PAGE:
I’ve got a lot of trophies, but I haven’t accomplished anything. Sure I participated in a handful of sports and competitions as a kid, and I was thrilled when I got the trophy with my name on it; but all that thrill died when I saw 23 others with that same trophy, most of which, in my opinion, hadn’t worked as hard as I had. There are only one or two accolades that I have received that I am actually proud of and when they come up or I have a moment of self-absorption and brag, people seem only mildly impressed. As their attention fades I try to shock them with how rare the accomplishment is or how hard it is to earn. Still their eyes glaze over as their brain searches for a way to bring the conversation back to be about them. I don’t blame them. I do the same.
Our society has reveled in the idea that everyone is a special flower and deserves endless praise for even the most mundane and mediocre accomplishments. Competing in a middle school spelling bee and getting 7th place; playing a game of football and getting a sack but letting the RB slip by easily 4 times; performing in your studio’s piano recital and playing with reasonable accuracy. These are certainly worth celebrating, and I think it is essential for us to try new things and strive to be successful and get better at our craft, whether it is spelling or tackling or playing piano, but they are attempts, not conquests. They should be looked at as a step in the right direction, but not the end goal.
It is easy to think of yourself as a success if you only look at the positives. Sure you spelled dichotomous and adjudicator correctly, but you missed acquiesce. And you made a nice play that one time after your hand got stepped on and you were fueled by rage, but you forgot to wrap up the tackle and cost the team several dozen yards. And you performed “Appalachian Spring” pretty well, but you missed the scale run in measure 23 that you practiced just enough to get right one time. These are pursuits of greatness, but they have not reached it yet. Parents should praise their kids and tell them they are proud of them; but most everyone else in their lives, especially their teachers/coaches/whatever should constantly expect and demand more. Praise, past a certain point, coddles and restricts ambition.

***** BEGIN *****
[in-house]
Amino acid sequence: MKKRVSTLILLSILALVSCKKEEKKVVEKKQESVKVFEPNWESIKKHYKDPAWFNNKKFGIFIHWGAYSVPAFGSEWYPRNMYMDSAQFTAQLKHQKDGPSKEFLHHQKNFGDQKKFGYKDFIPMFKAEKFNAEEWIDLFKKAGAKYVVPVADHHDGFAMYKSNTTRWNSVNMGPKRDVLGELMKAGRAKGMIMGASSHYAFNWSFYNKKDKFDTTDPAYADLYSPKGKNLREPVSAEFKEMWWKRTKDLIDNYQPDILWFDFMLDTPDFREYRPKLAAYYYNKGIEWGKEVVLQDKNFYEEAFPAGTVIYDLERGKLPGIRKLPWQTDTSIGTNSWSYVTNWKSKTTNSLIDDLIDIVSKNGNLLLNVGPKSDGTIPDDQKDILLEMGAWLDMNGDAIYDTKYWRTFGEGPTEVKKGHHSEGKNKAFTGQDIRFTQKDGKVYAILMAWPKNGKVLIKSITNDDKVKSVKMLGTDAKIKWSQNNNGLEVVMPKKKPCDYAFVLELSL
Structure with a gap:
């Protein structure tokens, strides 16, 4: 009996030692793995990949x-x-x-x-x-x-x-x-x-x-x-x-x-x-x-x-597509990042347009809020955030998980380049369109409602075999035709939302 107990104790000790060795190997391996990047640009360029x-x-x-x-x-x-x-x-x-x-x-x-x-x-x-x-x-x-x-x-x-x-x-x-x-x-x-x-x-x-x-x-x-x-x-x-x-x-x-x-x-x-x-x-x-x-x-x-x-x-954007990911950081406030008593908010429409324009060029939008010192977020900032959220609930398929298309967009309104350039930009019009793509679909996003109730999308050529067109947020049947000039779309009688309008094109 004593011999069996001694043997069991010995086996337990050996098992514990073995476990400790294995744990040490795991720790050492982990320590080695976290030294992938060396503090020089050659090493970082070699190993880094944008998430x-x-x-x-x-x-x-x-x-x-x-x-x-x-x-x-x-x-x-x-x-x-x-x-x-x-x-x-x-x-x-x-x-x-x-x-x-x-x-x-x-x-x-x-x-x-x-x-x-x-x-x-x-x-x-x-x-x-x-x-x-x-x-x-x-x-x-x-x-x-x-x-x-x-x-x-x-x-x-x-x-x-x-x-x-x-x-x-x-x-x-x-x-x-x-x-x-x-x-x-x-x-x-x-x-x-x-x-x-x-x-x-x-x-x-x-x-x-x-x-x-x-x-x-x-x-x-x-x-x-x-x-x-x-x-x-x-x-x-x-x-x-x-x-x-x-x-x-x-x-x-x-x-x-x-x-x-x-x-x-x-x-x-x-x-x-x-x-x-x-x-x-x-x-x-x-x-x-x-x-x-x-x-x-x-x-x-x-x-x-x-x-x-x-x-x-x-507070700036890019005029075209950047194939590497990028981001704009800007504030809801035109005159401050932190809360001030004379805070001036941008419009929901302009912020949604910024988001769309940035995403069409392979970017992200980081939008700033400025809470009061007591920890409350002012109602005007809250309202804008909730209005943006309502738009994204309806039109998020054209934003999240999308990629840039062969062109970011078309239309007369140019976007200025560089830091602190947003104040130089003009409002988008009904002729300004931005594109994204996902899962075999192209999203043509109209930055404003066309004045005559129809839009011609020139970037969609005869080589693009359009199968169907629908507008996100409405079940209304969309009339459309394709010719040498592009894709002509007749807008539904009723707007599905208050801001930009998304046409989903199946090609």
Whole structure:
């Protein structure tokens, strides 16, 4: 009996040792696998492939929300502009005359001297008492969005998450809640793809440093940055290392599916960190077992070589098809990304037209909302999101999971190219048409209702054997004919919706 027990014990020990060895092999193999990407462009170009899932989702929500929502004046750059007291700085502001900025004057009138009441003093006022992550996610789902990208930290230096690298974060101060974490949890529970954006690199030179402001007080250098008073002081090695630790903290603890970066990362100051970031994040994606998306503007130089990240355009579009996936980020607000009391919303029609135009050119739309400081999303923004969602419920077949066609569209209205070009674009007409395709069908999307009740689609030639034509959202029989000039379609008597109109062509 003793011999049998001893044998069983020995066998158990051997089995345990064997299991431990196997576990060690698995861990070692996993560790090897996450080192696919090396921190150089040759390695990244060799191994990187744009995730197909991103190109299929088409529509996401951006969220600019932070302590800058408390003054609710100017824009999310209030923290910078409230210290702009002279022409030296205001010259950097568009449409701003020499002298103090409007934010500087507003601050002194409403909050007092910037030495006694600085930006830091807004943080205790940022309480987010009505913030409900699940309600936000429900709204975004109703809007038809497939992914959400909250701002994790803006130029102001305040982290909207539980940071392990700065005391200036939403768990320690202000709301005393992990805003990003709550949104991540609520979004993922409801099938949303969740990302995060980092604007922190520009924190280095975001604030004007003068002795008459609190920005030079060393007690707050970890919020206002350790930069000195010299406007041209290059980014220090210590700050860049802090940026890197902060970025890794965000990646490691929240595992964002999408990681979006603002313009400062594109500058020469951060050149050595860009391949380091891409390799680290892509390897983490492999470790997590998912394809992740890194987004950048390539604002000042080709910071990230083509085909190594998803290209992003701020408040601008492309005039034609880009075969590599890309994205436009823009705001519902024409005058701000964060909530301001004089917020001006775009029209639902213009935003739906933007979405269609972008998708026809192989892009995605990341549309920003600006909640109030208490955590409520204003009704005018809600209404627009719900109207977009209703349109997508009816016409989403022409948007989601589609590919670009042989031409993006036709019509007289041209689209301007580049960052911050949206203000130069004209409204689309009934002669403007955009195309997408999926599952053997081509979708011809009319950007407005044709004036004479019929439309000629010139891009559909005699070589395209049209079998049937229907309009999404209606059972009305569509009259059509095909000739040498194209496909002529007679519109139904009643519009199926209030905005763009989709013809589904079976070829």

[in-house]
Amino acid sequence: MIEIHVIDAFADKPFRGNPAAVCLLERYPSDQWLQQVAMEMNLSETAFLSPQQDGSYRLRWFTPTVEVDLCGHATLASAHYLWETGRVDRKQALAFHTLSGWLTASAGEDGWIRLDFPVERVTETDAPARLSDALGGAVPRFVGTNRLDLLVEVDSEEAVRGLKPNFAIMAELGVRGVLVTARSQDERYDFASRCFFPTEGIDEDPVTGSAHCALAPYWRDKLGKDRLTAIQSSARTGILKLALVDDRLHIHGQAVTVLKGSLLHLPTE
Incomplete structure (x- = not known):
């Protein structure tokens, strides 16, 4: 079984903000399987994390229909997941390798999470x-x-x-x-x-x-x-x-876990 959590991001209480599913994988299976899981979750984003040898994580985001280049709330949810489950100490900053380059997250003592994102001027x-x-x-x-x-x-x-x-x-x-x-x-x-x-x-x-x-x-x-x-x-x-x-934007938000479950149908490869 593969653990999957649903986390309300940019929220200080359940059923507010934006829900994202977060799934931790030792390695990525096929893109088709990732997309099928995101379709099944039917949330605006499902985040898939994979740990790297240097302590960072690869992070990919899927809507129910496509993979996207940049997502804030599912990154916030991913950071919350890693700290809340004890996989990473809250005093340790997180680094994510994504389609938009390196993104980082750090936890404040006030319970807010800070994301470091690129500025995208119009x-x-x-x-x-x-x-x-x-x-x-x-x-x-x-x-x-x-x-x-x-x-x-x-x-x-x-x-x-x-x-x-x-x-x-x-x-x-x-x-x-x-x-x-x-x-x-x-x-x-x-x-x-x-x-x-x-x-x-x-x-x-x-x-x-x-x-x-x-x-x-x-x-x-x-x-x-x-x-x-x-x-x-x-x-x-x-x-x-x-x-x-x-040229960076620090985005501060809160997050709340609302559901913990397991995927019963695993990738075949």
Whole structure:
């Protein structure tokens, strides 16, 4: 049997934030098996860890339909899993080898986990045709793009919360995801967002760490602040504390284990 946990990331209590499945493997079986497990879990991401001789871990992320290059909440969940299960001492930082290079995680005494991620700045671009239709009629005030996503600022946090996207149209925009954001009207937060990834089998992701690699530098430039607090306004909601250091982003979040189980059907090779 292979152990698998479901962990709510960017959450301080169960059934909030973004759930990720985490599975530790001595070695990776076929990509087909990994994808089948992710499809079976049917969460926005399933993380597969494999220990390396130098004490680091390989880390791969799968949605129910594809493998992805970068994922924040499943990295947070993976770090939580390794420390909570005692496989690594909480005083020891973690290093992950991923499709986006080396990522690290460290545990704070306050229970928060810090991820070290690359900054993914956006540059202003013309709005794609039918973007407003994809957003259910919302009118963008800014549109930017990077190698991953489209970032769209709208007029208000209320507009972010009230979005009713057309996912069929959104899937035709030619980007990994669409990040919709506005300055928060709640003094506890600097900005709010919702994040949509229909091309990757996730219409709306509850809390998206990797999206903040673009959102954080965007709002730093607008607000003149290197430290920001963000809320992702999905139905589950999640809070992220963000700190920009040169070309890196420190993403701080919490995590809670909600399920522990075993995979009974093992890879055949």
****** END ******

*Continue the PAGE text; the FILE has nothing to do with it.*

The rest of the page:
This does not just apply to children, though it is most evident and harmful at that age. When the only information on a task a person receives is positive they assume that the level they performed the task at is adequate or even above what is expected. I am all for positive reinforcement, and am not suggesting we only speak on weaknesses and areas of failure, but without a clear direction to improve and a sense that improvement is necessary, there will be none.
Praise is overrated and, for me personally, the less I get the more I improve. It makes the rare kernel of approval all the more potent.